Ballerina Doll

This doll was made in response to @calluna’s prompt in the Challenge Chain:
Next up: Take the American Folklife Center’s Archive Challenge. You’ll explore the visual and/or audio Archives online, find inspiration, and create! Whether visual arts, performing arts, traditional craft/skill, writing, a research project, or something altogether different, incorporate something you find from one of the online collections. If music (especially hip-hop) is of interest, may I recommend playing with the new Citizen DJ site, which is in beta mode, pulls audio from the above collections, and is really stinkin’ awesome.
She is based on a photo from the archive. The photo was of ballerina Bronislava Nijinska, who played the Hummingbird Princess in the 1921 production of the ballet “The Sleeping Princess”. (Another source says the ballet was “The Sleeping Fairy”.)

She’s felt with crocheted hair, leather shoes, metal crown and antennae, and stamped cotton dress.

I’m not sure why she had antennae, but she did, so the doll does, as well.

I’m not sure if I’m allowed to paste the photo in here for reference… @calluna, would it be allowed to do that?

Incidentally, the archive is astounding! It has, for example, an annotated copy of Lewis Carroll’s personal scrapbook.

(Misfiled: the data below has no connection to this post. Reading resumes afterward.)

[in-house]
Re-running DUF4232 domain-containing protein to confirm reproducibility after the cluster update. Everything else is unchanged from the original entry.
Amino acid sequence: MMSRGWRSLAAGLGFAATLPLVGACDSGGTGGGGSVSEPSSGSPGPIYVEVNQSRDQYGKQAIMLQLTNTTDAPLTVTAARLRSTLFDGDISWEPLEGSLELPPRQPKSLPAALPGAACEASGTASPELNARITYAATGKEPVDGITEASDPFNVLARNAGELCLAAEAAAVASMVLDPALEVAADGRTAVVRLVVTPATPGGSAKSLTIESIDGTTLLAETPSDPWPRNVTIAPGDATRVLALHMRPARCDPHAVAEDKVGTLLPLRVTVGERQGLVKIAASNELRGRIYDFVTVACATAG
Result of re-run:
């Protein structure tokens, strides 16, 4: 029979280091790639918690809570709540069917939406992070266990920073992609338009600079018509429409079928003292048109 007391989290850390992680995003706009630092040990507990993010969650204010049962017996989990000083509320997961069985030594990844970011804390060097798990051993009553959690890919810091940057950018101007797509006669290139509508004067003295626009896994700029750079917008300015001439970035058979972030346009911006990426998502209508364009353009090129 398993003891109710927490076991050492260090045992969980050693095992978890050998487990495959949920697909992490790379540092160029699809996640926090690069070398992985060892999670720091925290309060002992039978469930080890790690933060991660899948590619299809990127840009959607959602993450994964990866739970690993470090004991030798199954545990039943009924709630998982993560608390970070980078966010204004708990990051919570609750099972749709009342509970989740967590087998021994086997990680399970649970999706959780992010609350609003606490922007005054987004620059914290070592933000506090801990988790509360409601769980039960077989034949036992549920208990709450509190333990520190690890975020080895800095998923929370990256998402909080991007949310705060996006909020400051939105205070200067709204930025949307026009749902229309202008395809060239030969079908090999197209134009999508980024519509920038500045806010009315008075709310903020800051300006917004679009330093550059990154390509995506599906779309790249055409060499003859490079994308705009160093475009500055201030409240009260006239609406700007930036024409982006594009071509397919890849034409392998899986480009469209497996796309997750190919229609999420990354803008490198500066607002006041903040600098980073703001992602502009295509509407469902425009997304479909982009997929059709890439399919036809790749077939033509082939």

Thanks, @calluna!

Edited for inaccuracies and mis-spellings.


She’s awesome. I like how you’ve combined multiple crafting methods to make her.


You (obviously) had me at hummingbird princess. The anennae are cute! My favorite part are the teensy hummingbirds on the skirt. Nice job!


Are the shoes leather?
I love the antennae!

Maybe you could post the URL of the original picture


So awesome! You’re definitely allowed to share the original!


I can’t find the URL… I kinda went down a rabbit hole and wandered around in there until I got lost! But here’s a screenshot of it.

If @calluna can help with the link, I’ll delete the screenshot.

Oh! And yes, the shoes are leather, @steiconi. I had a large piece of pink leather in stash.


Ooooooh, even better with the photo!

Here’s a link to another source for the picture, in case you need to remove your screenshot.


This is so gorgeous! I am completely blown away!


wow…what a cool way to get into a project…that picture as your inspiration is amazing!

Love that you captured the details and the spirit…


I just started sewing felt so I have an even greater appreciation for this than I would have a while ago. This is incredible and absolutely beautiful! I love all the techniques and attention to detail that you added.

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Found the citation and original (digitized) image:

Photograph of Bronislava Nijinska as the Humming Bird Princess in The Sleeping Princess, Florence Van Damm. [Photograph] Retrieved from the Library of Congress,

Her bio from that page: